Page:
July 1 will mark my first anniversary as Dean of The Fletcher School at Tufts University. All in all, it’s been a delightful new challenge after 35 years in the military. Here’s an excerpt from my new piece in TIME about my transition from Supreme Allied Commander at NATO to academia.

“I went from an organization representing half of the world’s GDP and 3 million men and women in uniform to one with 700 graduate students and 150 faculty and administrators. It was a startling shift.

People kept saying, “it must be pretty challenging to go from the military — where people more or less do what you order them to do — to the world of academe, where no one is going to salute and move out.” The President of Tufts, to whom I report, was asked why on earth he hired a military guy to lead one of his graduate schools. He said, only slightly in jest, “I wanted at least one dean who knows how to follow orders.” There’s certainly some truth in that.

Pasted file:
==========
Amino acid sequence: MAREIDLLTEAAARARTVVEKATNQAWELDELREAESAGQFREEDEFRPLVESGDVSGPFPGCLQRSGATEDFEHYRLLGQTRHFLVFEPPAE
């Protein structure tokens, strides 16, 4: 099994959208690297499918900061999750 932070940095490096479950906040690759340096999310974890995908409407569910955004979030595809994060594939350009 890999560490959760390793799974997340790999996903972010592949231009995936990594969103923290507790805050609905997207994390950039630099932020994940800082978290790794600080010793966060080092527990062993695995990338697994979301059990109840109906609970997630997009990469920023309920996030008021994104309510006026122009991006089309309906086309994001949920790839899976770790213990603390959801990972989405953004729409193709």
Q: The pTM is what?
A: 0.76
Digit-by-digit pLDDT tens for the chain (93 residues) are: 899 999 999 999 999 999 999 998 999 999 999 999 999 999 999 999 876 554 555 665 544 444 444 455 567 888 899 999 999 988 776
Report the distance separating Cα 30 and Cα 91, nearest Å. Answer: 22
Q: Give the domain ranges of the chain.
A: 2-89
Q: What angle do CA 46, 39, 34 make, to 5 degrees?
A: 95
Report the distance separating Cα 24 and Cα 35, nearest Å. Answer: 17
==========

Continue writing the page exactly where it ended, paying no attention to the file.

The transition has gone well. Why? Because of things I learned along the path of what my father jokingly referred to as my misspent youth in the Navy.

First, I have focused on listening and learning, especially in this first year. I have been reading not only classics on higher education (The University: An Owner’s Manual by Henry Rosovsky), but also brilliant novels about this world (Stoner by John Williams and Something for Nothing by Michael Klein). I’ve also reached out to mentors in this industry, from Robert Gates, former President of Texas A&M, to Jack DeGioia of Georgetown, to Donna Shalala at the University of Miami, and many others.

Second, … [Please finish this article on TIME.com.]

It’s been a terrific first year, returning to The Fletcher School. I’m looking forward to the next one.

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